Re: What would you pick for a first bow [Re: Jbell99] #9056855 06/04/24 01:04 AM
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Thank you guys I really appreciate the help, glad to hear also it seems like a reasonable budget. I’ll be a beginner so I don’t need the Lamborghini of bows lol.

Re: What would you pick for a first bow [Re: Jbell99] #9056887 06/04/24 03:11 AM
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Originally Posted by Jbell99
Thank you guys I really appreciate the help, glad to hear also it seems like a reasonable budget. I’ll be a beginner so I don’t need the Lamborghini of bows lol.


I used to use a comparison when I was in construction sales; my Kia and Cadillac spiel

They are both vehicles, and they will both get you from point A to point B, but they pretty much run out of things in common after that.

You don’t need a Lamborghini. But buy at least an equivalent of a well appointed half ton truck. It will last longer, you will enjoy shooting it more and ultimately will shoot it better due to increased practice.


You can get a good mid level bow, a trophy ridge sight and a QAD drop away rest, be at or slightly under budget and have a rig you will enjoy shooting for many years.


For it is not the quarry that we truly seek, but the adventure.
Re: What would you pick for a first bow [Re: Jbell99] #9056888 06/04/24 03:20 AM
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Here is an example of a package I’ll recommend:

https://elitearchery.com/collections/hunting/products/terrain

https://www.beararchery.com/products/trophy-ridge-fix-bow-sight

https://www.scheels.com/p/quality-a...D_BwE&pgid=psearch&src=hardlines

https://www.cabelas.com/shop/en/bee-stinger-sport-hunter-xtreme-stabilizer-1913438-1?ds_e=GOOGLE&ds_c=Cabelas%7CShopping%7CPMax%7CHunting%7CHunting%7CNAud%7CTopPerf%7CNMT&gad_source=1&gclid=EAIaIQobChMI4ZmGiP7AhgMVxjfUAR2_KQ2rEAQYCSABEgLThPD_BwE&gclsrc=aw.ds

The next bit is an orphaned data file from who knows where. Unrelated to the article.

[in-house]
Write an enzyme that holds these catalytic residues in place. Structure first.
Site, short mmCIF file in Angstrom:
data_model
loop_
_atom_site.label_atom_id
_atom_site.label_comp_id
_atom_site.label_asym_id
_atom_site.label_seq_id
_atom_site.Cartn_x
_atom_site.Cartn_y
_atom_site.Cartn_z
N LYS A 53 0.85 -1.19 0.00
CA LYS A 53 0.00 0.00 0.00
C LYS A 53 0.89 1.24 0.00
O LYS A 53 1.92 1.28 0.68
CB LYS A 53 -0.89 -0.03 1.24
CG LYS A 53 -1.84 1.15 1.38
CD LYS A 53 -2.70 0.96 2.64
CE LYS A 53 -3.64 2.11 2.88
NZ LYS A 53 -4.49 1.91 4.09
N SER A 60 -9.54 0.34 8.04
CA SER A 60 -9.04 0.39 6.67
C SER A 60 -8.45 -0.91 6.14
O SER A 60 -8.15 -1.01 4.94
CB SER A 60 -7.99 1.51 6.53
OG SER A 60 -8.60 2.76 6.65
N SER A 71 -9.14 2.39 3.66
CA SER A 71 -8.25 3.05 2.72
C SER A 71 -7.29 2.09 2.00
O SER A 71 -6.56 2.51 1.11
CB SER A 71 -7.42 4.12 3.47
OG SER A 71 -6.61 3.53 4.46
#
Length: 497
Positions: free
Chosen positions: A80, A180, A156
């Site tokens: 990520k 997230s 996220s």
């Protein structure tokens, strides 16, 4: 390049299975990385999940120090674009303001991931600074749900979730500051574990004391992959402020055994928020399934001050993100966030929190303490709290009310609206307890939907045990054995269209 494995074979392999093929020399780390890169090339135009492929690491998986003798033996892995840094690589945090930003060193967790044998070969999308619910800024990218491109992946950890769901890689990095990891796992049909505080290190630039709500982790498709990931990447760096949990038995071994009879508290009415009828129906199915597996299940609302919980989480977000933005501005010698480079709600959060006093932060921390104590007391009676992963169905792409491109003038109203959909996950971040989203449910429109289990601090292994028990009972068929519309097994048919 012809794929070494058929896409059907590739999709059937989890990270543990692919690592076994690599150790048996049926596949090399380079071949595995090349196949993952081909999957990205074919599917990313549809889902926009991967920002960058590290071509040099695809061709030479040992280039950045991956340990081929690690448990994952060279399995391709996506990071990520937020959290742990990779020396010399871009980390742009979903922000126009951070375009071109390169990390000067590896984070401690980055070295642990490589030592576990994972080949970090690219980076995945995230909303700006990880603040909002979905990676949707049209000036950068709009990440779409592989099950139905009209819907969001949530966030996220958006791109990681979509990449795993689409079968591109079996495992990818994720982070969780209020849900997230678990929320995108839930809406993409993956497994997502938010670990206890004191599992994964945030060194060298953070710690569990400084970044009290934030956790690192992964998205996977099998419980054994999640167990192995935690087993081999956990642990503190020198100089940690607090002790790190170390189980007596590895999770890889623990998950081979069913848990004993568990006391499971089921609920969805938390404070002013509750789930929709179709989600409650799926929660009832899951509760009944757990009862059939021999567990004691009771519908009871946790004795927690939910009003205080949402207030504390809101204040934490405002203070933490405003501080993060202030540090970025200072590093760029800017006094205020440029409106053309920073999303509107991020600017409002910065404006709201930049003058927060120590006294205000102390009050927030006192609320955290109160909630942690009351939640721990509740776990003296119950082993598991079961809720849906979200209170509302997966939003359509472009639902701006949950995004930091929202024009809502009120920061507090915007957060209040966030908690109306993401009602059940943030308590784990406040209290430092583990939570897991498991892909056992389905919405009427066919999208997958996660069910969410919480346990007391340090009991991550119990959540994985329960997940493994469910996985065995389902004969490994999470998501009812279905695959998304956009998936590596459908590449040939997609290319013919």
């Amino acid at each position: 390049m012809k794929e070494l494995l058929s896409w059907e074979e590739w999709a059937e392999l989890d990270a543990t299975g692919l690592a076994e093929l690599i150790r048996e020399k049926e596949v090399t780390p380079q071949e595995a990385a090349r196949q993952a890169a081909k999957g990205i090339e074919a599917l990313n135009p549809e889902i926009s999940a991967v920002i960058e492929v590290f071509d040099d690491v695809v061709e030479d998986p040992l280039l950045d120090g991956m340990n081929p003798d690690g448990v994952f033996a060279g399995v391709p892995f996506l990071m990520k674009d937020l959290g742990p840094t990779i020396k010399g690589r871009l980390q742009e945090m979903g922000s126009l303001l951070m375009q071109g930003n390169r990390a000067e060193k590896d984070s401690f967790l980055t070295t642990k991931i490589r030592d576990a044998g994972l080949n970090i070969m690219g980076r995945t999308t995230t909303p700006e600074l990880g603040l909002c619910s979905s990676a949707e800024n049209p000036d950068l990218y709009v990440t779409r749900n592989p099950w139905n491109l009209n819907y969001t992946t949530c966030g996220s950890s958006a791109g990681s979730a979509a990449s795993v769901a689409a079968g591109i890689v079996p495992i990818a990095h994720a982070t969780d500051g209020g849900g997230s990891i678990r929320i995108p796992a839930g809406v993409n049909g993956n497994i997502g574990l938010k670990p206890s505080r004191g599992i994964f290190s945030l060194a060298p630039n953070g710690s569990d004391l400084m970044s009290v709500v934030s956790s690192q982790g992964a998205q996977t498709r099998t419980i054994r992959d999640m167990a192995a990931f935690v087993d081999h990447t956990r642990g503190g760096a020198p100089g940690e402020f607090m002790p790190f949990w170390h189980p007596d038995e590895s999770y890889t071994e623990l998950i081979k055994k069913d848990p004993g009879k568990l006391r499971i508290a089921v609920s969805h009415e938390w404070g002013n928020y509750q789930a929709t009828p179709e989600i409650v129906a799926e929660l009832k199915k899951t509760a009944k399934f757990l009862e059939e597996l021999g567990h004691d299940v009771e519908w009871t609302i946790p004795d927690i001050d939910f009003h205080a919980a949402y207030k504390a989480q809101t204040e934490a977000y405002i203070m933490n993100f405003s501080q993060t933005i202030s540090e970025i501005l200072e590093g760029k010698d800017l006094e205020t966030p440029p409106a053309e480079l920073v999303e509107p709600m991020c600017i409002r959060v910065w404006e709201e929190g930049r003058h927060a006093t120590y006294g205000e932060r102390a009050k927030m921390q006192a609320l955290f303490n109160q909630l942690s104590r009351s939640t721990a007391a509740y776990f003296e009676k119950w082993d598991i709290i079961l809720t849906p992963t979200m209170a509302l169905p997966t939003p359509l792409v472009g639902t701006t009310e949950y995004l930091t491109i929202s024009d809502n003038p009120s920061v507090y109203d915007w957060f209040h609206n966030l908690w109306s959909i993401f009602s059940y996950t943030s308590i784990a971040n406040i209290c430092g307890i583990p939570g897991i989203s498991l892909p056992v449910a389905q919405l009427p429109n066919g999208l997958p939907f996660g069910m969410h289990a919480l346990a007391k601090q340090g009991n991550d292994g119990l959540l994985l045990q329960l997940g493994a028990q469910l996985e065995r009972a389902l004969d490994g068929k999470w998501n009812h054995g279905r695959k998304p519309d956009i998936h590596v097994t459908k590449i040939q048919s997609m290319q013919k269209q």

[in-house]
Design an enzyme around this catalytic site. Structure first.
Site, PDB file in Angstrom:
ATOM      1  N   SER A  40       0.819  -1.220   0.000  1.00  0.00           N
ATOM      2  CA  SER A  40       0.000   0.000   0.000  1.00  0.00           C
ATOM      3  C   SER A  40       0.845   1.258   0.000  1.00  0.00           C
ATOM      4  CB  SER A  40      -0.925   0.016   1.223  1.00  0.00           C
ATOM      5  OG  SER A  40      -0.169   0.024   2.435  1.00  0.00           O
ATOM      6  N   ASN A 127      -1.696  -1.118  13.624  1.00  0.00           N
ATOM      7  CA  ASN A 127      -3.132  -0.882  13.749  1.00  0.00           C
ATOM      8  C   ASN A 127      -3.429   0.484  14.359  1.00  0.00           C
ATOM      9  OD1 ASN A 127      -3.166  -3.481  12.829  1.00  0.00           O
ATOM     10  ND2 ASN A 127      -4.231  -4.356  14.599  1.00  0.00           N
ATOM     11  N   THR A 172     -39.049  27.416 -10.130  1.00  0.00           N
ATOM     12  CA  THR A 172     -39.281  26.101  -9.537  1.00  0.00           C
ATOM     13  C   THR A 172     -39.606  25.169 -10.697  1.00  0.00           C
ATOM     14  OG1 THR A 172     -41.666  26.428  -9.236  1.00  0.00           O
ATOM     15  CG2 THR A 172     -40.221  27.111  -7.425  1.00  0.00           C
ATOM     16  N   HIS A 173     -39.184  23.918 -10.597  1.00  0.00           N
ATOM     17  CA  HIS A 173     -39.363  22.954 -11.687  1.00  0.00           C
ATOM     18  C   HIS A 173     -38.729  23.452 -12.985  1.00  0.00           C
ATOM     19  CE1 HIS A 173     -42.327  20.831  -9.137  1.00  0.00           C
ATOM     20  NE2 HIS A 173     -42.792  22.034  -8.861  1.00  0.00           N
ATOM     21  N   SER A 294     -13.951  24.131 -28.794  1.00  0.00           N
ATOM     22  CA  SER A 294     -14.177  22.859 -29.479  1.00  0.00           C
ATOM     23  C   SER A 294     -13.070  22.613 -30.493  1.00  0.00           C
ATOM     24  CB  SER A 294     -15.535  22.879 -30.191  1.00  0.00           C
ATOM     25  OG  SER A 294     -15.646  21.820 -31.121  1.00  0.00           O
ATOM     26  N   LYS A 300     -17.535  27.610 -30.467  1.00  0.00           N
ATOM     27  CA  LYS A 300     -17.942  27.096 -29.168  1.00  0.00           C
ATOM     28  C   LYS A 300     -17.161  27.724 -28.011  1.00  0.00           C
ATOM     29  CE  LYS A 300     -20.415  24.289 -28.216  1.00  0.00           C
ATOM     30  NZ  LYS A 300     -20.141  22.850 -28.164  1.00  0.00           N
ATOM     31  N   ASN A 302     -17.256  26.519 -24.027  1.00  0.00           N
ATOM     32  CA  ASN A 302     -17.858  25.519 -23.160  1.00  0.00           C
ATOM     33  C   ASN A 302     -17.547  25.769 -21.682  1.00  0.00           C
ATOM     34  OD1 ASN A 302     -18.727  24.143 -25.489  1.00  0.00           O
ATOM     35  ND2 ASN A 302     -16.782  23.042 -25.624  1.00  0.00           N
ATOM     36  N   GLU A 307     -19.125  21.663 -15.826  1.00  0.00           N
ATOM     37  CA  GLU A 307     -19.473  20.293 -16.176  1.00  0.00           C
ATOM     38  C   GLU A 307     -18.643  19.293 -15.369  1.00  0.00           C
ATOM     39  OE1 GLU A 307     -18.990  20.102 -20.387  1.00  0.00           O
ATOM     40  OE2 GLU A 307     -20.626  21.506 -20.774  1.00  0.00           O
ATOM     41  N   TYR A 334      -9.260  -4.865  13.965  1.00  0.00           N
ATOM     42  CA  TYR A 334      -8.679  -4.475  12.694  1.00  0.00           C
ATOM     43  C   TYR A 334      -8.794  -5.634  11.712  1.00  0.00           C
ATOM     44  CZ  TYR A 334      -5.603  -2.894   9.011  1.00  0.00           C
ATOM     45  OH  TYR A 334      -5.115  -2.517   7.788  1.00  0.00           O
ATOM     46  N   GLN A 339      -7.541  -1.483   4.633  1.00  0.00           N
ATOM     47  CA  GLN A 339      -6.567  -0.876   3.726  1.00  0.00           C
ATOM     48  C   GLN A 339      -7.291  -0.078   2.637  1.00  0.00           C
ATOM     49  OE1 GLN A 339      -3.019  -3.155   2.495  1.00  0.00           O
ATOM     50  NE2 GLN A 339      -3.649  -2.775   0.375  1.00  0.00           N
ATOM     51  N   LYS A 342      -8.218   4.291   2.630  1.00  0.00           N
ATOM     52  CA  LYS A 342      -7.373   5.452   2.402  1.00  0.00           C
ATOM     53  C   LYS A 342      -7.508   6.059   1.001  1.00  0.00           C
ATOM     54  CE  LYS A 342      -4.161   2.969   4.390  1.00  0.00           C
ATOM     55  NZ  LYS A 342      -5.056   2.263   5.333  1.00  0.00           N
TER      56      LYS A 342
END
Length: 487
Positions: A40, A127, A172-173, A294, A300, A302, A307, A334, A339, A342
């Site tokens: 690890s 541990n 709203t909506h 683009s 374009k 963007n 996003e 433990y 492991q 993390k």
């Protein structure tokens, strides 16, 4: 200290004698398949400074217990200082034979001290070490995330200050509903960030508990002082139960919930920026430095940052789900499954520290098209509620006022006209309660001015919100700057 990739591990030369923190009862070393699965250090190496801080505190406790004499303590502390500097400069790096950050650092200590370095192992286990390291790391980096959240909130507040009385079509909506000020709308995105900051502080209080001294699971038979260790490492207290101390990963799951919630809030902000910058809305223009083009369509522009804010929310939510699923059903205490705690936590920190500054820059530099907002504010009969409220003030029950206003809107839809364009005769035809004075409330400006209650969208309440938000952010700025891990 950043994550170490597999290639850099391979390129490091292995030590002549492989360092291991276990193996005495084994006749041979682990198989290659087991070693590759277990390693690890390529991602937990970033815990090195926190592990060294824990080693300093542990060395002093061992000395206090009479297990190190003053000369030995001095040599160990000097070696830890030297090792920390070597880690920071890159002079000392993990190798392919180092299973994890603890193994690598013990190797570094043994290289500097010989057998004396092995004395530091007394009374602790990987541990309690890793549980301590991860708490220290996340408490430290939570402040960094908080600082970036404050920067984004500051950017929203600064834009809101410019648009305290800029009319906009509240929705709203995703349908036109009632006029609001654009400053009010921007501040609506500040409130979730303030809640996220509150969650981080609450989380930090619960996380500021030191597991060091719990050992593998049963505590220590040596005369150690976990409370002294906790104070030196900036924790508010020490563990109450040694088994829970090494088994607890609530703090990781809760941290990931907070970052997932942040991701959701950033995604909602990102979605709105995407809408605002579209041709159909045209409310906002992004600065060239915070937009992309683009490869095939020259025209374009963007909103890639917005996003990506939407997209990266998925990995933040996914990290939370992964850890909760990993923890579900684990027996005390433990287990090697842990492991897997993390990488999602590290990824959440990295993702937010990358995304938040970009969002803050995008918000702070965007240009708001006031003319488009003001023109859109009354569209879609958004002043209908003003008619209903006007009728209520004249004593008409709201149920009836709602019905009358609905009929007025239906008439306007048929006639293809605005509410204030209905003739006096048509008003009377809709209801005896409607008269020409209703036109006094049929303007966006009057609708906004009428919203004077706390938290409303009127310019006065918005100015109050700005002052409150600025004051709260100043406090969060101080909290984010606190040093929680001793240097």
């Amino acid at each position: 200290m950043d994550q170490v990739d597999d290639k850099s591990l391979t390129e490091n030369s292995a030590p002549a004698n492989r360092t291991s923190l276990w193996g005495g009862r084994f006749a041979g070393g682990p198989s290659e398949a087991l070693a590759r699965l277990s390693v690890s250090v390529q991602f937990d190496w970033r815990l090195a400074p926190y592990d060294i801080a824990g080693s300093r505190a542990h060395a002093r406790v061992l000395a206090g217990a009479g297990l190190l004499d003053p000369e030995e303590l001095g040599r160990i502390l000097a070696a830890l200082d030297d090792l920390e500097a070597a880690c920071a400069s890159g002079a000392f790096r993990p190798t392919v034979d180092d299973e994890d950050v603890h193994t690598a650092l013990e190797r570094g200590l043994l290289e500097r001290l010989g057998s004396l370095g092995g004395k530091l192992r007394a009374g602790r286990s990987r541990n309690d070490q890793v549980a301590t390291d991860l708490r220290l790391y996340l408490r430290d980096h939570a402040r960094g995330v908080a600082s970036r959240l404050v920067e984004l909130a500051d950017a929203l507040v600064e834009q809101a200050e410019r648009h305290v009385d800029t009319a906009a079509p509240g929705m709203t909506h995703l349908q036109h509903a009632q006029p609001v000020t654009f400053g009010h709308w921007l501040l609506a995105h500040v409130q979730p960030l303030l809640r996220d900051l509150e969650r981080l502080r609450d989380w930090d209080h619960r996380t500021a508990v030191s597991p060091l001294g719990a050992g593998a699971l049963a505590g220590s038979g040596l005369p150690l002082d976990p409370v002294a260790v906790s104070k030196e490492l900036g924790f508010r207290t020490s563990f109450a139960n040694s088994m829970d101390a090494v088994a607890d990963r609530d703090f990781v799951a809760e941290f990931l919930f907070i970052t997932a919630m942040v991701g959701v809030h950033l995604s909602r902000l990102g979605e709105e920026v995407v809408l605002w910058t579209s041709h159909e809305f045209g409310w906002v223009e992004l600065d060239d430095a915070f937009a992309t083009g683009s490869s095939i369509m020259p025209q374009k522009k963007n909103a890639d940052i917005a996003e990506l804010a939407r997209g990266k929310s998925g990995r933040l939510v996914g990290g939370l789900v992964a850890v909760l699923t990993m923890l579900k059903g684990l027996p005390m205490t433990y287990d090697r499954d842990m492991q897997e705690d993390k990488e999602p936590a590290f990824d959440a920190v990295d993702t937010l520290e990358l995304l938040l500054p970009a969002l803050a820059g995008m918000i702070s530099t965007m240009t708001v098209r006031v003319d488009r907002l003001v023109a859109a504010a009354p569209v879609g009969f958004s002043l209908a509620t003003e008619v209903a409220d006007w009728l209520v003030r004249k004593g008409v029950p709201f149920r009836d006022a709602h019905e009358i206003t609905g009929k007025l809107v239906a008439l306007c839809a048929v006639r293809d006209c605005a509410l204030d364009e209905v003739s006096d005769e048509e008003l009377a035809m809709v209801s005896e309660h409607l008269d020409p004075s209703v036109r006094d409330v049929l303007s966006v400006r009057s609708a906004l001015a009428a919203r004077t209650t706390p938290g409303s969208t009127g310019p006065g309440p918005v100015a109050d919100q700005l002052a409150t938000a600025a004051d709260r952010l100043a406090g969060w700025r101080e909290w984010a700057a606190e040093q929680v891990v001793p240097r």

https://www.scheels.com/p/trufire-s...D_BwE&pgid=psearch&src=hardlines


https://www.scheels.com/p/g5-head-l...D_BwE&pgid=psearch&src=hardlines


You are right around $1k for a bow that you can hunt anything in North America with and will enjoy shooting for many years.


For it is not the quarry that we truly seek, but the adventure.
Re: What would you pick for a first bow [Re: Jbell99] #9057110 06/04/24 06:33 PM
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I’d recommend a darton consequence. It’s not the fastest or nicest bow, but it has a very smooth draw and a decent speed and a nicer cable guard. Some good accessories if you buy a bare bow are QAD Ultrarest and I’d get a 5 pin fixed sight. If you don’t want to pick out your own accessories the bear adapt rth + package is another option.

Re: What would you pick for a first bow [Re: Jbell99] #9057161 06/04/24 08:27 PM
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as a beginner, get a good recurve in 65# draw and practice with it.

develop the muscle to draw, learn to hold draw, learn to aim with the shakes goin on.

this also lets you see if you like it enough to keep after it, practice, practice, practice with archery.


https://www.beararchery.com/collections/traditional-bows?page=2


get good on a recurve and you will love a compound, the letoff makes the difference.

Last edited by hopalong; 06/04/24 08:29 PM.

lake fork FISHERMANS COVE MARINA - 903 474 7479 reservations

Re: What would you pick for a first bow [Re: Jbell99] #9057257 06/04/24 11:25 PM
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It took me a few bows to really learn what I like and shoot best. I wouldn't rule out a flagship used bow. Lots of folks get new bows every year and sell them for close to half price. Bows don't hold their value long at all.